• Pehrson Cowan posted an update 2 months ago

    Searching for a Translator, but you are doubtful of what you will find? Do you know how to choose the proper vendor? Are all translators the same? Why don’t you consider interpreters, could they be not translators also? What things should you ask your potential translator to find out if he/she is competent enough?

    The following is best places to begin:

    Ask your potential service provider (PSP, from now on) to deliver proof competence from the following:

    – Both languages: for technical texts (individuals with abundant technical terms), the PSP should have his source language certified to some European C1 level (or equivalent) as minimum, and his awesome target language certified to level C2 or perhaps a knowledgeable native speaker from the language (see: Wikipedia link below)

    – Translation competence: for technical texts, the PSP really should have no less than 5 years of know-how translating texts in the technical field like a freelancer, Three years if done under supervision of an more knowledgeable translator, and double when the PSP has rarely translated a text in the technical field.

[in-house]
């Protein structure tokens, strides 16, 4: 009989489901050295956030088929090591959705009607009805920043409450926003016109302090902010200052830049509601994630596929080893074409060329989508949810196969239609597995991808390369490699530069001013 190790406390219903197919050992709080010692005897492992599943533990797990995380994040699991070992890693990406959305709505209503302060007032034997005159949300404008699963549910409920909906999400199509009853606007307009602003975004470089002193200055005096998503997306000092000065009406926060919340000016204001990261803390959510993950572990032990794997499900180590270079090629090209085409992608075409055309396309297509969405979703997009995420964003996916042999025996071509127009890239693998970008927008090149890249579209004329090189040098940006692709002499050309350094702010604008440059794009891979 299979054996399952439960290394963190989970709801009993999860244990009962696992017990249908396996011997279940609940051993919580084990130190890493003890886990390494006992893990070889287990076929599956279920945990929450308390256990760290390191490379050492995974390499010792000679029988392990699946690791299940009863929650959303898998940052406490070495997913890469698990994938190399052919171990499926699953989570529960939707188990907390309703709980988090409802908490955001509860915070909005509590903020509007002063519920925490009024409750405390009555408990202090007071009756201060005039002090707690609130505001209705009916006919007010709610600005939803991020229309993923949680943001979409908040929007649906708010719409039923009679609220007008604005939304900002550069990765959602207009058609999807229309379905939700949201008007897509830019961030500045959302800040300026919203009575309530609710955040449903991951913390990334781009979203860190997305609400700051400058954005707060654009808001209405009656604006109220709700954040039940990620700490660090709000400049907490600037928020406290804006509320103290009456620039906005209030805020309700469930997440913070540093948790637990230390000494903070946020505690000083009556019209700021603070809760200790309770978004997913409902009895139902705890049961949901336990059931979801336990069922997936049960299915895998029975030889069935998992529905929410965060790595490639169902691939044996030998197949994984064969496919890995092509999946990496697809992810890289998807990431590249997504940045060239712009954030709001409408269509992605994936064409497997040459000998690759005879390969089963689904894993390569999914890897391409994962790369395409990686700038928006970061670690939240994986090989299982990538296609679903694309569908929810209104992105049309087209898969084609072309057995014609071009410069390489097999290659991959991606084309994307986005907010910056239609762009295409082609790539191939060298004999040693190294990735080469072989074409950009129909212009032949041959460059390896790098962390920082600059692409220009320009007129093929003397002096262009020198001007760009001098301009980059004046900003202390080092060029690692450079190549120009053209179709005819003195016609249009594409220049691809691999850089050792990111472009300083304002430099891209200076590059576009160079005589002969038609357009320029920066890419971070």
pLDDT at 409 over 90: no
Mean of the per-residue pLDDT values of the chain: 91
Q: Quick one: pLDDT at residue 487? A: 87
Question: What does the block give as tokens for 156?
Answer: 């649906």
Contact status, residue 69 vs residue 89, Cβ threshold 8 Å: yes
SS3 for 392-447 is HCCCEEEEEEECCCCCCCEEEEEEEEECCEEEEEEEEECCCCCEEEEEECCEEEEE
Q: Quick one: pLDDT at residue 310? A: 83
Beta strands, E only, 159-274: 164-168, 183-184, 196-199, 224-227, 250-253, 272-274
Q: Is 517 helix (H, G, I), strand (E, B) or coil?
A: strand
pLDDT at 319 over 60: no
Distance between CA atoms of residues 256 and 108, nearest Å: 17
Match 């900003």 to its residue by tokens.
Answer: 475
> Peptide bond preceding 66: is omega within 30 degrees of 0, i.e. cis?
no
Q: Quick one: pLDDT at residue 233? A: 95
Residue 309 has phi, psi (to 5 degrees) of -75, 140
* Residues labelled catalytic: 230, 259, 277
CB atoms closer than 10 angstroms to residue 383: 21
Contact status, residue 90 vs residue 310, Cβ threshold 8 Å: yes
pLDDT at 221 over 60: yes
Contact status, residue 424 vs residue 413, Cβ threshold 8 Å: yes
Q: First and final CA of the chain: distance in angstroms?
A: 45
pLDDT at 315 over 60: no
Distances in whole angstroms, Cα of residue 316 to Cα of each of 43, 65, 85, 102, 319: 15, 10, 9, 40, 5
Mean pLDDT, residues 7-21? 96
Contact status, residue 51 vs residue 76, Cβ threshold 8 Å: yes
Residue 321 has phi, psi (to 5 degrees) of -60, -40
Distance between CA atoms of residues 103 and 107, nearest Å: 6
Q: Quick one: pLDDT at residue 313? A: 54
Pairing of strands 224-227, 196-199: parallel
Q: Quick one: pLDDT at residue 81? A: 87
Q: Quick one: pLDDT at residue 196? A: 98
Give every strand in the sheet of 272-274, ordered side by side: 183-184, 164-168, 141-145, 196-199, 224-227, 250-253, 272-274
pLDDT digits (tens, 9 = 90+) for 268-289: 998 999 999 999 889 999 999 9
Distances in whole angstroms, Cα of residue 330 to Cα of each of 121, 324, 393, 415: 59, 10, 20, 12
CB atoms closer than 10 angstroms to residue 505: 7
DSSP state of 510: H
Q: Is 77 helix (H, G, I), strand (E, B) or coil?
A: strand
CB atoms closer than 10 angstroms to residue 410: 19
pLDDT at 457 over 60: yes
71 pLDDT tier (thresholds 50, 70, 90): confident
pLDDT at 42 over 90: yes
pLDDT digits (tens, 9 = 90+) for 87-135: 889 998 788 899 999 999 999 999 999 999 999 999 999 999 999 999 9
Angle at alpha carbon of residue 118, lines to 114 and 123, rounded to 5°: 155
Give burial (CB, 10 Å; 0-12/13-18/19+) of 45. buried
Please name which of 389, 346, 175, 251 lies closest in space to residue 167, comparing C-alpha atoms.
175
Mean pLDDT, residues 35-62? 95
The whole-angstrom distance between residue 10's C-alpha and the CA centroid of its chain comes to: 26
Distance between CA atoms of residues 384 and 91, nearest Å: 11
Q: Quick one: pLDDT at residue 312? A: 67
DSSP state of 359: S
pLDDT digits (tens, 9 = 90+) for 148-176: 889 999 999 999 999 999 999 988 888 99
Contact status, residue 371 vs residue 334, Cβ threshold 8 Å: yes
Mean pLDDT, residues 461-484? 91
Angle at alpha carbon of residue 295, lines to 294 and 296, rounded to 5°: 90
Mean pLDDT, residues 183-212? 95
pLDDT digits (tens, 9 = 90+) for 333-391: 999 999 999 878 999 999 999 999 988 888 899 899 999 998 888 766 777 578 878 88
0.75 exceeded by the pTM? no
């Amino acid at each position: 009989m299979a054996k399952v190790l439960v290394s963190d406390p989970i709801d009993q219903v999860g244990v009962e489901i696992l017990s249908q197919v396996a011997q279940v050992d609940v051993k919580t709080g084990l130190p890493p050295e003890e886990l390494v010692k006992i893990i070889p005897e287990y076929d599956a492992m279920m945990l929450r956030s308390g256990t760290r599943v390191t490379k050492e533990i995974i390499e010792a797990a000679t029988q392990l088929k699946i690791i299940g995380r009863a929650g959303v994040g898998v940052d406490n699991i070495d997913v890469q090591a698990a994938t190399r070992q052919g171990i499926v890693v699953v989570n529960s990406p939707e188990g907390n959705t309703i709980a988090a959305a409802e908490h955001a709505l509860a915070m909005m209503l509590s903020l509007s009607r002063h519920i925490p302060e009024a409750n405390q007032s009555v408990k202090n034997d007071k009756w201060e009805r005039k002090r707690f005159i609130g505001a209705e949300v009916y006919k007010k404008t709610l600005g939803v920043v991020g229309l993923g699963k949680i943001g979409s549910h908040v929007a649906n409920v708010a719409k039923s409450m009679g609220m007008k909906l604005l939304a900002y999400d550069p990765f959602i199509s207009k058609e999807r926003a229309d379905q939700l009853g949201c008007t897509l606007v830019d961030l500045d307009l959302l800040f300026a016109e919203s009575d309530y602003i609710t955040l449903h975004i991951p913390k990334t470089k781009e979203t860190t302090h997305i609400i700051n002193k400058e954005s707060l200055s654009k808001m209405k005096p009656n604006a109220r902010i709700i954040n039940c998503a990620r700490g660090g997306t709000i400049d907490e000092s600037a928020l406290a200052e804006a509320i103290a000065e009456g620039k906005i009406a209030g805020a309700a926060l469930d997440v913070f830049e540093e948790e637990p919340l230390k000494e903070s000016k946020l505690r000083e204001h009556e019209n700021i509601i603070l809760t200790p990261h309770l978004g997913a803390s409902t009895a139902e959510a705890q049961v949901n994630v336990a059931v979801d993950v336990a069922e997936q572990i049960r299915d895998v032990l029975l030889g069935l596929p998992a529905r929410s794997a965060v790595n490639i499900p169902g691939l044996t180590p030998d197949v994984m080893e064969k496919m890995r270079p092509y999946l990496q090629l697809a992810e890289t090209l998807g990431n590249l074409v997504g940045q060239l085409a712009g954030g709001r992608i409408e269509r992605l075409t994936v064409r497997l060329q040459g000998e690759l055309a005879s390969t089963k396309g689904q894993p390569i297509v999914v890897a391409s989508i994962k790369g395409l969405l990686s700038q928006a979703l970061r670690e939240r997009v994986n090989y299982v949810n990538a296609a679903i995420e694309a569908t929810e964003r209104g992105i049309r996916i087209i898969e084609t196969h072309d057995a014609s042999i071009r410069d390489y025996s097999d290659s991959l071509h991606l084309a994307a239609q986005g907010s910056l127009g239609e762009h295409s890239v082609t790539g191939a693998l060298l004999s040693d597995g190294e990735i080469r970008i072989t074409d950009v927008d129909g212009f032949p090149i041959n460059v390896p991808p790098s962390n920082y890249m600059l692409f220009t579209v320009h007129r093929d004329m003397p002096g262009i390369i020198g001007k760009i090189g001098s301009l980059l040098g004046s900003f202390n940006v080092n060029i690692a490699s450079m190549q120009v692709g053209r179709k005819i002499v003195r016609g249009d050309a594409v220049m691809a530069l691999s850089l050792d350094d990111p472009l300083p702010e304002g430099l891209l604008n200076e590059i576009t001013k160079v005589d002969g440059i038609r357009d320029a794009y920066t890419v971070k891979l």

– Field competence: Ideally, the translator should hold a diploma in the field linked to the translation topic (i.e. in Fisheries there is certainly just one or 2 translators who hold degrees in this area or related field for a lot of language pairs from the entire world. Some language pairs have none).

    Alternatively, the PSP should:

    – hold diplomas or crash courses in the topic, or

    – spent some time working in the specialty for many years (not translation related jobs), or

    – knowledge translating texts in the specialty under supervision by way of a specialist (for upwards of 3-5 years), or over 5-10 years if occasionally/rarely translating texts from the specialty, or above 2 decades if never has translated under supervision of the more knowledgeable translator.

    – Education: Always go with a translator with higher education. The experience good universities deliver their students can be a bonus in translation: creative and independent thought, intellectual challenges, initiative and leadership, critical thinking and questioning, innovation, and of course, good universities include the source of innovative knowledge.

    – Cultural awareness: immersion in the culture/community/country linked to a language is important in translation, as much for understanding nuances inside the source as also in having the ability to transfer those nuances in the target. This is particularly crucial in texts where the reader desires to identify himself with all the writing, similar to many advertising and marketing texts.

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